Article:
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Ares I-X Data Continue To Match Models
Dec 4, 2009
After 30 days of data reduction, Ares I-X engineers continue to find fairly close correlation between their computer models and the flight performance of the test vehicle, which was the tallest rocket ever launched.
Flight-control algorithms developed for the operational vehicle "worked extremely well," said NASA's Marshall Smith, systems engineering and integration (SE&I) manager for Ares I-X, and the flight data in general validated the computer models being used to design Ares I.
"I, personally, from SE&I, am very, very pleased with the performance of our (guidance, navigation and control) system; the algorithms that we're testing for Ares I worked perfectly and flawlessly," Smith said. "The predictions matched extremely well. I think that is a key point validating our models that we would use to build Ares I, Ares V."
Factors driving thrust oscillation as the first stage nears burnout, once considered a possible danger to the Orion crew, were lower than expected, as was the roll torque generated by the solid-fuel stage, Smith says. Early modeling of the roll torque drove selection of a 600-lb.-thrust roll-control engine to handle it, which may prove more powerful than necessary.
Thrust oscillation pressure was about a third of what was predicted, Smith said, and the frequency was about half of the predicted value. NASA is designing a heavy set of titanium springs and seat shock absorbers to protect Orion crew exploration vehicle astronauts from thrust oscillation vibrations, but Smith said it is too soon to say whether there will be design implications from the Ares I-X data.
One unexpected result involved the structural damping after a deliberate "twang" engineers imparted to the long, thin vehicle late in flight.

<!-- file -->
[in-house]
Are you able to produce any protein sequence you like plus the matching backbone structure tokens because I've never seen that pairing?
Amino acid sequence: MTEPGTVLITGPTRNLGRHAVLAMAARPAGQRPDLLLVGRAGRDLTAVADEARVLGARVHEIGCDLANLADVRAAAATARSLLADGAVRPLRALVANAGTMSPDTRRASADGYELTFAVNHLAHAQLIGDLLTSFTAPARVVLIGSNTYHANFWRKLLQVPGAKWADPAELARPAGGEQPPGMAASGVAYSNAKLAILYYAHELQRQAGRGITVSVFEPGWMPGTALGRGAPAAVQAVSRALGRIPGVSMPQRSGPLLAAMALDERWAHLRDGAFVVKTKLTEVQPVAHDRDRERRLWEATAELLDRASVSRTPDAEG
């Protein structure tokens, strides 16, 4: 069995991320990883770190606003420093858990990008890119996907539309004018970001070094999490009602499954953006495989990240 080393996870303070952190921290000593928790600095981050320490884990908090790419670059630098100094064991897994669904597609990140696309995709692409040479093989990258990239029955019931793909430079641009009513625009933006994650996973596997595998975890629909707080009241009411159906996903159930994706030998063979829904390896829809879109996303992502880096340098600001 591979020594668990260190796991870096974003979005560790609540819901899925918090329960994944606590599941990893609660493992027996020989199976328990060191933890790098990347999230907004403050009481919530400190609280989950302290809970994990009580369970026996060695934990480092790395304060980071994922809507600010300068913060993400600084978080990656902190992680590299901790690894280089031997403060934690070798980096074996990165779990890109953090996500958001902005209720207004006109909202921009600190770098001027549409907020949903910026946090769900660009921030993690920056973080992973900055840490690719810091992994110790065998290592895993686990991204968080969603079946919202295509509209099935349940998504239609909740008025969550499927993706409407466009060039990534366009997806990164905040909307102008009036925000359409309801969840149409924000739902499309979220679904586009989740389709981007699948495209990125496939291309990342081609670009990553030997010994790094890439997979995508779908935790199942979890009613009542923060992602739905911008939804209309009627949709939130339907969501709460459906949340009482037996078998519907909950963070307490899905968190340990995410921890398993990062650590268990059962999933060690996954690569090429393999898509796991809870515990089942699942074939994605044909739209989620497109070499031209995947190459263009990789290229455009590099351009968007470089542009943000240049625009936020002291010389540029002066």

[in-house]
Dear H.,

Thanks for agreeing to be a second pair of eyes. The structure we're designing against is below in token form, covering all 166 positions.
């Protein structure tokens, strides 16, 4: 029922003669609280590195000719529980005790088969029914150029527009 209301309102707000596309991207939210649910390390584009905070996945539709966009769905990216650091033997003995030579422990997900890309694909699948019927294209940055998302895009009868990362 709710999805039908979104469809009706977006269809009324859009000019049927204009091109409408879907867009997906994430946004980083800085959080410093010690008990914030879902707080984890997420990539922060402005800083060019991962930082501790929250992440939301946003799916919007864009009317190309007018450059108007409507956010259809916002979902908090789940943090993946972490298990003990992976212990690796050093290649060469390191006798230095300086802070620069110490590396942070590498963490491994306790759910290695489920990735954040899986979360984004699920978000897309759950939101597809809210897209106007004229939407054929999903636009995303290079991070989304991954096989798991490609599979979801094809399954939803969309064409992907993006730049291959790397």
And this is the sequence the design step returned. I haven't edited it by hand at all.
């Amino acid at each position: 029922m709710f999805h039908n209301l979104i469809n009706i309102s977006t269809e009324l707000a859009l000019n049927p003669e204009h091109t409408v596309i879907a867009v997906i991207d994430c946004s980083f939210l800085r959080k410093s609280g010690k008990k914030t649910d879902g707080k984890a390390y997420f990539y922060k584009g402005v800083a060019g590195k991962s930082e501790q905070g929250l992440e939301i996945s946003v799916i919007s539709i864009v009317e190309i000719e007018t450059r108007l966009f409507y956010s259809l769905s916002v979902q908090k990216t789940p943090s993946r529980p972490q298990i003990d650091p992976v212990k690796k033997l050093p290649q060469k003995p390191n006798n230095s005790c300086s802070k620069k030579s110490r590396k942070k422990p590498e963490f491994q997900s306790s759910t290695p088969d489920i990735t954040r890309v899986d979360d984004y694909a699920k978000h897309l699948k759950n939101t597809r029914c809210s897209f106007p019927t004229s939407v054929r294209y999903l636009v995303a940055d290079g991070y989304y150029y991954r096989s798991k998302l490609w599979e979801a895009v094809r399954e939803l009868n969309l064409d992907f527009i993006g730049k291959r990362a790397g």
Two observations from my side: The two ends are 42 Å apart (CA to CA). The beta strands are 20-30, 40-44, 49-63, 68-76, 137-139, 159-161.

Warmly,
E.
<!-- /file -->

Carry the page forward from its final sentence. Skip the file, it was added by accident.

"A quick look shows us it was 20% lower than the simulations," Smith said. "That gives us something to look at more."
Most of the analysis to date has been based on telemetry data, although the test vehicle's data recorders have been recovered and their contents are being added to the analysis. The 30-day results released Dec. 3 will be followed by more thorough analysis in late January and late February.
Recovery of the vehicle's first-stage cameras, and analysis of other data, appear to show the simulated stage separation went as planned, and the two stages did not come into contact as some remote video of the high-altitude event suggested. Analysis of the stage and its onboard data also offered clues to the failure of one of the three main parachutes and the partial failure of another, although finding the exact cause needs more analysis.
As a result of the chute failure, the stage was damaged on impact with the ocean, although its thrust vector control system probably would be reusable, Smith said.
NASA is studying possible follow-on tests that may include an active Orion launch abort system, says Bob Ess, the Ares I-X project manager.